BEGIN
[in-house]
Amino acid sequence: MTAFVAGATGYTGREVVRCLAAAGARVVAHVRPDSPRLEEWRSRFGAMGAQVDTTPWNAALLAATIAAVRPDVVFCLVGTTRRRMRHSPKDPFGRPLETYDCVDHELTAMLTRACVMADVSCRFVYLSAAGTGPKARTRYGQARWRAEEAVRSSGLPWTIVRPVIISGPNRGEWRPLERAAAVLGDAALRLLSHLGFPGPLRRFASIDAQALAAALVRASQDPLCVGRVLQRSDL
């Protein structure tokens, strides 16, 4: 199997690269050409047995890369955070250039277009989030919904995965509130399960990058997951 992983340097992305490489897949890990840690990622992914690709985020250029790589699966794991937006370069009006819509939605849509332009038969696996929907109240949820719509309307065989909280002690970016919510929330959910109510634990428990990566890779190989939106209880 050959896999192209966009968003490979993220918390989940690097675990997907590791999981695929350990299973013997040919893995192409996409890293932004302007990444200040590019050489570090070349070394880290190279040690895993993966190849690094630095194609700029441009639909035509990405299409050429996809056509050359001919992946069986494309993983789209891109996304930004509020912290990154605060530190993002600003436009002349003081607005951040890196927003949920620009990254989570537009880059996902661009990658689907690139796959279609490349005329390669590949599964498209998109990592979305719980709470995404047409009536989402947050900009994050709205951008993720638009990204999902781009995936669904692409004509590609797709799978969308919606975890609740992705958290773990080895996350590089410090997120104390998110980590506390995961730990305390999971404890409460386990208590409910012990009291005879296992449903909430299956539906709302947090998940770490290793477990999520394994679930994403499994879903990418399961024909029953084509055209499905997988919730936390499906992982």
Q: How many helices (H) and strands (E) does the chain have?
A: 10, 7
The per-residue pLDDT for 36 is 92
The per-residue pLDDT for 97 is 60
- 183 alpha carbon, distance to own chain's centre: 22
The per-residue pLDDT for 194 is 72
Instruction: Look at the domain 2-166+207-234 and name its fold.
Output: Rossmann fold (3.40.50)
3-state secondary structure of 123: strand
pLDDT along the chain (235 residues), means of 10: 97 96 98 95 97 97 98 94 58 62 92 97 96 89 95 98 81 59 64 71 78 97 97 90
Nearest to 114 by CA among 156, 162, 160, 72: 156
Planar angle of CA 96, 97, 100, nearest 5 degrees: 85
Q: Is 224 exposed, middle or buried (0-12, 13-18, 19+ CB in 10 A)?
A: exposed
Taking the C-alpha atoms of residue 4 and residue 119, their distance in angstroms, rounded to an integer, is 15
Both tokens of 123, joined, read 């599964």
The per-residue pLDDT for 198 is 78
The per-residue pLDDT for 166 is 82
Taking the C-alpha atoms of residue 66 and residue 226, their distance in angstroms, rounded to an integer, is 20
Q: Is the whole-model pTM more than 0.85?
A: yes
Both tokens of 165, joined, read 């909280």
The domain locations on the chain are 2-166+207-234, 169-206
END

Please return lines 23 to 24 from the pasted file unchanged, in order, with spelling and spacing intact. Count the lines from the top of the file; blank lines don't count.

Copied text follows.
Q: Is the whole-model pTM more than 0.85?
A: yes